Tags: Gripen NG
"If you go backs to 1950s, what was important was how fast you could fly an aircraft and how well you could control a combat situation. But that is not enough for today,” says Lennart Sindahl, Senior Executive Vice President and Head of Business Area Aeronautics, at a Saab presentation on Innovation on the occasion of Nobel Week in New Delhi, India.
Sindahl, in his speech explained how aircraft designing and manufacturing process has undergone a change in the last few decades.
“Situational awareness is extremely important in a combat situation now. You need to have a very good view of the environment around you. So consequently the sensors have become very important.”
“We have been working since the early 1980s on the Gripen system. And we are now contracted by the Swedish government to develop the third generation of Gripen. We started working in the 1980s, building a very Swedish Gripen. Then we saw an opportunity to export the fighter aircraft, and we knew we needed to develop a new version of Gripen. Technology was going forward, customer’s needs were going forward and that is why we started working on Gripen C/D,” Sindahl says.
Sindahl adds that when a system is designed, it should be designed for many years and hence one needs to be very flexible with weapon integration, surveillance system etc.
“In the 1950s when you designed an aircraft, you could say that five per cent of the design would be useless soon as technology was growing ...
According to Saab, a focus on realistic requirements has helped the Swedish industry and government teams integrate weapons on the Gripen faster and at lower cost than similar efforts elsewhere.
In an Aviation Week report, Bill Sweetman talks about the weapons from outside that have been successfully integrated with Gripen so far in a cost effective way.
The list includes the Raytheon GBU-49 Enhanced Paveway II laser-plus-GPS bomb and Diehl Iris-T infrared air-to-air missile (AAM), which were integrated in 2006-09 and the flight testing of Thales Digital Joint Reconnaissance Pod for South Africa's Gripens in 2011.
According to Gideon Singer, technical director for Gripen exports and Lisa Abom, head of the Saab project office for engineering and weapons, Saab devotes 14% of integration costs to planning and coordination.
“One lesson is to reach early agreement,” they said. This means defining and clearly interpreting requirements, limitations and the approach to testing.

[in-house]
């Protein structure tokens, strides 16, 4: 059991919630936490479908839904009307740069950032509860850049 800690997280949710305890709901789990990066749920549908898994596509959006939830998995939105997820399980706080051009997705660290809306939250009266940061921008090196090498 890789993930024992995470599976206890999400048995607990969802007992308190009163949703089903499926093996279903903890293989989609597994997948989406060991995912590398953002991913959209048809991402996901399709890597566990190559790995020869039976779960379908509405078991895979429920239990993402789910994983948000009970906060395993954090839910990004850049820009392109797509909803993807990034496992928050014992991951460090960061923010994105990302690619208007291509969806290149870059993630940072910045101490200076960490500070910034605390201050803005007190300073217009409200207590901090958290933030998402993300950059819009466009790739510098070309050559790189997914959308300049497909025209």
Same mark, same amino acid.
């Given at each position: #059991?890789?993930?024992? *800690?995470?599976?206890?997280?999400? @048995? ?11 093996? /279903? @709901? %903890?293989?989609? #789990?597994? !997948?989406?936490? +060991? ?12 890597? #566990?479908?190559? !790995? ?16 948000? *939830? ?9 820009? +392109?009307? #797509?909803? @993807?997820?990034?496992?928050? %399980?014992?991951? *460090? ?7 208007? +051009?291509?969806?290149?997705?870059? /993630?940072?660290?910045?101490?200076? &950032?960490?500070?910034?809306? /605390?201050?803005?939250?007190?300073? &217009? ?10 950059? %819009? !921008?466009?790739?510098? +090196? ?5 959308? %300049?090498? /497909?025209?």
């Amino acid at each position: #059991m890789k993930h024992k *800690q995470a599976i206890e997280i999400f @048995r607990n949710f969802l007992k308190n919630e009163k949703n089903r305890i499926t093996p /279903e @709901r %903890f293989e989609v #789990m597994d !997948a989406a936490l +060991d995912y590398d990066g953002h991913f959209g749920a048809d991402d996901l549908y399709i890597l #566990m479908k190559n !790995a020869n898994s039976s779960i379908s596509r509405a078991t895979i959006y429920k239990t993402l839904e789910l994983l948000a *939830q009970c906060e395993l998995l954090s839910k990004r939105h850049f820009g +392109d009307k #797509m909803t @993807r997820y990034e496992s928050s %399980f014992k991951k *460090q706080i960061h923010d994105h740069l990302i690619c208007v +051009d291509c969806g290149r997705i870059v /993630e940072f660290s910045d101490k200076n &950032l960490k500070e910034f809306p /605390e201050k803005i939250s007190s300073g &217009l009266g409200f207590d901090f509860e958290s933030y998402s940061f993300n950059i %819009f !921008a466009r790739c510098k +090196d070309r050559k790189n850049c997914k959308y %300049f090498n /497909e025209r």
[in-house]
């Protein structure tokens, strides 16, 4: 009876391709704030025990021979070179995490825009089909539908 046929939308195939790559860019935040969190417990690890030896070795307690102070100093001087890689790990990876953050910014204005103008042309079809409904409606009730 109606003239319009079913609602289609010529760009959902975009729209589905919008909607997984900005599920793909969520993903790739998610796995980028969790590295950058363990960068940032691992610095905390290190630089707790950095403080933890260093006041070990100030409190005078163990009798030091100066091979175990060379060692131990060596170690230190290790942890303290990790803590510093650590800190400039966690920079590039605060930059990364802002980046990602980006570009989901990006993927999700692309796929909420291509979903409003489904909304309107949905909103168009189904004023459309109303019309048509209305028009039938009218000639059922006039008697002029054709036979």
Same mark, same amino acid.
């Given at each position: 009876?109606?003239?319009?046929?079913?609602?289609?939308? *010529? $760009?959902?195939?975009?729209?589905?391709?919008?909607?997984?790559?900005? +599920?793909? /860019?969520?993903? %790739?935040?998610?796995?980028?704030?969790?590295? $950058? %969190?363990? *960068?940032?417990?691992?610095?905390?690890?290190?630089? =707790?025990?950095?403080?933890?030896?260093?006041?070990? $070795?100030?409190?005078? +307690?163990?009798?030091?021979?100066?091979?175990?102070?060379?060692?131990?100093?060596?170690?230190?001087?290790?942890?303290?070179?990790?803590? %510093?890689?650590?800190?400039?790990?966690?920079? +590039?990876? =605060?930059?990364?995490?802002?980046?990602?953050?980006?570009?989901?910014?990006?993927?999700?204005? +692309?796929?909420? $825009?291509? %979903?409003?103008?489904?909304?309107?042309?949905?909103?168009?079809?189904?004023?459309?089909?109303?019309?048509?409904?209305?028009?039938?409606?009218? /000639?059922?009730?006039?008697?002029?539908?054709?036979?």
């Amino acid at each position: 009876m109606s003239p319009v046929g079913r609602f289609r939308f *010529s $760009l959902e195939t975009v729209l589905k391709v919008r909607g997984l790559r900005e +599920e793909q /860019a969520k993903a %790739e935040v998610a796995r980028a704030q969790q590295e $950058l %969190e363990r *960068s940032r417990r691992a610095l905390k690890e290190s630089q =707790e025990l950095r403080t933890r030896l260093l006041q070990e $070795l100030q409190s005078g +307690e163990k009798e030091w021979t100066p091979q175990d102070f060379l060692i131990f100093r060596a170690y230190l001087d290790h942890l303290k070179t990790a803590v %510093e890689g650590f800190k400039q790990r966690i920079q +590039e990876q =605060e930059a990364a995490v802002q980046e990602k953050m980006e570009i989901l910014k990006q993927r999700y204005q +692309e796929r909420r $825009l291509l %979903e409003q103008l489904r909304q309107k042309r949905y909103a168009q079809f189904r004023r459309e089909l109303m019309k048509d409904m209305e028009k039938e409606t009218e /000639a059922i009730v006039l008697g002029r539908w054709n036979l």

This year in June, Saab conducted its first test firing of the version of the Meteor radar-controlled air-to-air missile, developed for mass production. The test firing demonstrated the separation from the aircraft and the link function between the aircraft and missile, as well as the missile's ability to lock in on the target. The test firing was also used to verify the command support that has been developed for the pilot.
Sweden will be the first air force to field the new missile, with the Gripen MS 20 package in 2015. That upgrade will also include the GBU-39 Small ...
Defence & Security Company Saab has launched a new website dedicated to Gripen for Denmark.
Saab is a long-term partner to the Danish Armed Forces and has delivered several products and systems to the country including Draken Fighter Jets, Arthur Weapon Locating Systems and Double Eagle ROV – MCM.
Earlier this year, Denmark had announced that it had reopened the type selection process for a new fighter aircraft and Gripen was one of the options it was looking at. Last month, a Danish delegation led by the Minister of Defence Nicolai Wammen met officials at FXM to see the production process of the Gripen.
Saab plans to deliver offset transactions valued at 100 percent of the Gripen contract value, creating huge business opportunities for the Danish industry.
To know more about Saab’s industrial cooperation package for Denmark, and about Gripen E, please visit Gripen For Denmark.
The site is launched in both English and Danish language.